I had a recent query from a reader:
“Hi Beverley, Thanks for your informative emails. My puppy is now 8 months old and has been a joy (mainly) but I made the mistake of letting her sleep on my bed and now she is getting bigger. She’s only a small dog but still takes up a lot of room in the bed! Can you give me some tips how I can train her to sleep in her bed?”
This is an interesting question, and I expect many people are saying right now “Yeah, me too!”
Plenty of ideas in this free 8-lesson email course for changing your life with your dog!
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Cute puppies can develop all sorts of habits that you let pass, but as the cute puppy becomes a hairier, muddier, larger person, there may be some things you wish you hadn’t allowed in the first place!
This type of question pre-supposes that an established behaviour can’t be changed without difficulty.
Behaviour is just that - behaviour. It’s something your dog does. (Or something we do, of course, but we’ll stick with dogs for now.) So changing that behaviour to something else is just the same as for any other change you want to make.
It’s not a “mistake”. It just is.
So approach this as you would any new thing you want to teach your dog.
1. Your dog is doing something.
2. Decide what you’d like instead.
3. Teach the new thing.
And, of course, be consistent with the new thing. If it’s no bed, then it’s no bed. Ever.
There’s no absolute right or wrong here. If you like your dog doing something that another person disapproves of - then that’s that person’s problem, not yours. We have enough to deal with in life without taking on other people’s disapproval!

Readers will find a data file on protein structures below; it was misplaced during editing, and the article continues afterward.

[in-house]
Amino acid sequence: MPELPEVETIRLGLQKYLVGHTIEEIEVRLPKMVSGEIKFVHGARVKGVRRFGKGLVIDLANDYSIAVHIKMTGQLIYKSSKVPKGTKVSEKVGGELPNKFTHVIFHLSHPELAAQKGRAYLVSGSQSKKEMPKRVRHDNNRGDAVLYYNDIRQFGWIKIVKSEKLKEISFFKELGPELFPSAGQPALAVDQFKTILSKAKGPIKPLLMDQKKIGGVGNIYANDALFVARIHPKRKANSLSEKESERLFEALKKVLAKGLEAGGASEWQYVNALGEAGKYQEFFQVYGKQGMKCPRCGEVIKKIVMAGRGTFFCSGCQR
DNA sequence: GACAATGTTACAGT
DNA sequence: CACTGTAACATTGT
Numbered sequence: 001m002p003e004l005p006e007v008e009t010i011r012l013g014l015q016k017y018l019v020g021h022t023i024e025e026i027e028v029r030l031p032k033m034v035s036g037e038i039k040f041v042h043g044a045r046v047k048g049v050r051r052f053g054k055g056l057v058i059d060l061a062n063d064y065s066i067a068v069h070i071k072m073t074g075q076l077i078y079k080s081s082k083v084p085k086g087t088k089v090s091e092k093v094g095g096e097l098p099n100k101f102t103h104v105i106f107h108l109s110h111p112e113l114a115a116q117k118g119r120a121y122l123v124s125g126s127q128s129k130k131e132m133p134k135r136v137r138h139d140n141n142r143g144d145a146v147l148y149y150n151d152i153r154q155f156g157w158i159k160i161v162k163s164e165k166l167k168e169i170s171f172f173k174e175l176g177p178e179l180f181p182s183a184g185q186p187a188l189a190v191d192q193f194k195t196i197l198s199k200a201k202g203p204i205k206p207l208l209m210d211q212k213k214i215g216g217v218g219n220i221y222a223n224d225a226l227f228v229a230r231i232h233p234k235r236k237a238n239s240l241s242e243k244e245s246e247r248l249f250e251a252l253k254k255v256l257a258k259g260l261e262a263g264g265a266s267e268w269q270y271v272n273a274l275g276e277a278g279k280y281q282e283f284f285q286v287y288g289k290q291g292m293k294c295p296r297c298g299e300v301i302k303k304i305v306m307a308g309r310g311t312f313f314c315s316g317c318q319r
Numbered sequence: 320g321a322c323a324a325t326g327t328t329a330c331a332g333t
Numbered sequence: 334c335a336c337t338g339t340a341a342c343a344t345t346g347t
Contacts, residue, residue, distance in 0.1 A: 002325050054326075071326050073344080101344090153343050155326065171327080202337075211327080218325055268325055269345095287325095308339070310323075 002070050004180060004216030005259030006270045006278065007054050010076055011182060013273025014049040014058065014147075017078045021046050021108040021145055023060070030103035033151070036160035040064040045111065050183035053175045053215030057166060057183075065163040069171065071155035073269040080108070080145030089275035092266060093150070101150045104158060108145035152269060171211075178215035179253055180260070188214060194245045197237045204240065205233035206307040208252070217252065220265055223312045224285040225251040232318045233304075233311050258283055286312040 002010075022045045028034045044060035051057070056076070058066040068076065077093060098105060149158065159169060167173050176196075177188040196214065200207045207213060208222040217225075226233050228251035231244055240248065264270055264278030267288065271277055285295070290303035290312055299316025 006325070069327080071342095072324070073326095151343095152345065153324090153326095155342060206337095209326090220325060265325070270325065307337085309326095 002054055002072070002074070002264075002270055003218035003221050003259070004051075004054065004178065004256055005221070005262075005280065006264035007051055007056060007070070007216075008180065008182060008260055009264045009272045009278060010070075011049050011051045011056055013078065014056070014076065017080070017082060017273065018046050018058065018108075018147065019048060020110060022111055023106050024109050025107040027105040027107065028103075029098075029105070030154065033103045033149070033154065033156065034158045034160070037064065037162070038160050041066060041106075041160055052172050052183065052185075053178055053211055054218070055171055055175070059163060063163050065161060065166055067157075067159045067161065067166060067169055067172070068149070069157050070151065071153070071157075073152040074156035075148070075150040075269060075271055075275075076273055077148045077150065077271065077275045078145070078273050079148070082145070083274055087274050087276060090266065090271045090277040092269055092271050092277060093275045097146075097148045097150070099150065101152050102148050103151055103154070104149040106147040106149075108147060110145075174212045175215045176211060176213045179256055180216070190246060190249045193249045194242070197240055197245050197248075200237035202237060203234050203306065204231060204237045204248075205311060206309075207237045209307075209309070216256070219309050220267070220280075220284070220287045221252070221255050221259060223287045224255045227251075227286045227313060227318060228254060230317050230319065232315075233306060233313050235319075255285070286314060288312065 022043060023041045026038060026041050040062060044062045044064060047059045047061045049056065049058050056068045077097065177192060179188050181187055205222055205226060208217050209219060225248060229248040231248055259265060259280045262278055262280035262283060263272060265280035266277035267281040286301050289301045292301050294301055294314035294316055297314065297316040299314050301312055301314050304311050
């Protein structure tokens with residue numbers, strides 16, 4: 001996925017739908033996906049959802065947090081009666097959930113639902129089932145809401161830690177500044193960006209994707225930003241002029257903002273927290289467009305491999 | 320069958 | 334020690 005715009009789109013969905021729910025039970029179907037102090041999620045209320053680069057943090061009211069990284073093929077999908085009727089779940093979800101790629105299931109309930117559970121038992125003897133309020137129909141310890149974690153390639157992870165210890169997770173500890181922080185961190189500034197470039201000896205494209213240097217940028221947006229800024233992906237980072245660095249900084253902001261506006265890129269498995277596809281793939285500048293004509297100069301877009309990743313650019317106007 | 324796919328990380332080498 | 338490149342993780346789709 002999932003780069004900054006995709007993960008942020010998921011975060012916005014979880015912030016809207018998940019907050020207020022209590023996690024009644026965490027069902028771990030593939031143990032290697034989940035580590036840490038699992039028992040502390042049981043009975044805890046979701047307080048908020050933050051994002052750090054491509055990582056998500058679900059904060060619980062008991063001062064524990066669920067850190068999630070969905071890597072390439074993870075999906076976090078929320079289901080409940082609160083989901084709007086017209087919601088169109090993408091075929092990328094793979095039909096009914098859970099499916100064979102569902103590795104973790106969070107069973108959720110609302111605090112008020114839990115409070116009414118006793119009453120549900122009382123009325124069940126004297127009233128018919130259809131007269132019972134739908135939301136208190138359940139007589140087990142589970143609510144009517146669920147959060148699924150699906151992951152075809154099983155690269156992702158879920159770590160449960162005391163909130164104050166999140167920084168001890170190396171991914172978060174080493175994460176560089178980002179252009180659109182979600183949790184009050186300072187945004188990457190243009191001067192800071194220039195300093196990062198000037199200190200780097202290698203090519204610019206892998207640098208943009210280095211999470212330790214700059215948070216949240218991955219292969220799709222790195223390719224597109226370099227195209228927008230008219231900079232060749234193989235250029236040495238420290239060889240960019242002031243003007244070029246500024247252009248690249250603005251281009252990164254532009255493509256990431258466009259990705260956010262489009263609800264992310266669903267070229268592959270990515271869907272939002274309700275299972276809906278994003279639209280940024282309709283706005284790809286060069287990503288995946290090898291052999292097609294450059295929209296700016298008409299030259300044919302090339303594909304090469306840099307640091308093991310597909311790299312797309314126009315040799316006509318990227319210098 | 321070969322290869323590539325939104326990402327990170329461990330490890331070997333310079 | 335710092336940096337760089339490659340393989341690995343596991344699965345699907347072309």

You may have been told by some misguided person that this is the thin end of the wedge and that you have to “be the boss” or the dog will take over your house. This is outdated “pack” nonsense. (And as long as the dogs take over the bills too, that’s ok with me …)
Back to the bed question
And it may be that you’re attaching emotion to this bed question. You may be thinking that you’re spurning your dog if you no longer share your bed with her. But your dog is not attaching emotion to the bed - it’s just comfy! And up to now it has been your preferred sleeping place for her.
I’m assuming that there isn’t a resource guarding element to this question, as it isn’t mentioned at all. If your dog doesn’t want to relinquish her place on your bed, and underlines her wishes with wrinkly lips, immobility, or growling, then you have an entirely different issue. Check out this post for help with that.
Back to the bed … Many people have their newborn baby in their bedroom, and over time move him to another room. As I mentioned in last week’s post about puppies, things change and evolve naturally.
So time for your pup to move to a “grown-up bed” of her own!
A new bed
Make the new bed very inviting and comfy. Depending on your dog’s breed or type, you may want a flat bed she can stretch out on, or if a whippet, terrier, or other tunnelling breed, a tunnel bed or folded duvet to bundle herself up in will go down well.
Using the matwork from Calm Down! you can quickly teach “go to bed”. Then you can play the game of:
your bed —> her bed
her bed —> your bed
all on vocal cue.
You may need to be persistent, depending on the comfort level and suitability of the new bed!
And you may find that your dog starts the night happily in her new super-comfy bed, but somehow has snuck onto your bed when you wake in the morning. You’ll just have to be vigilant and ask her to go back to her own bed as soon as you feel the bump and hear the sigh.
My own dogs have individual sleeping arrangements. Cricket the Whippet loves wrapping herself in her duvet, and Coco Poodle has a raised bed which he hops onto at night and remains there till invited off in the morning once I’m up. The others can sleep where they like - though they do have beds provided.
So even in the same household - the same bedroom - you can have different behaviours from the different dogs. As long as their needs are catered for, they’re happy.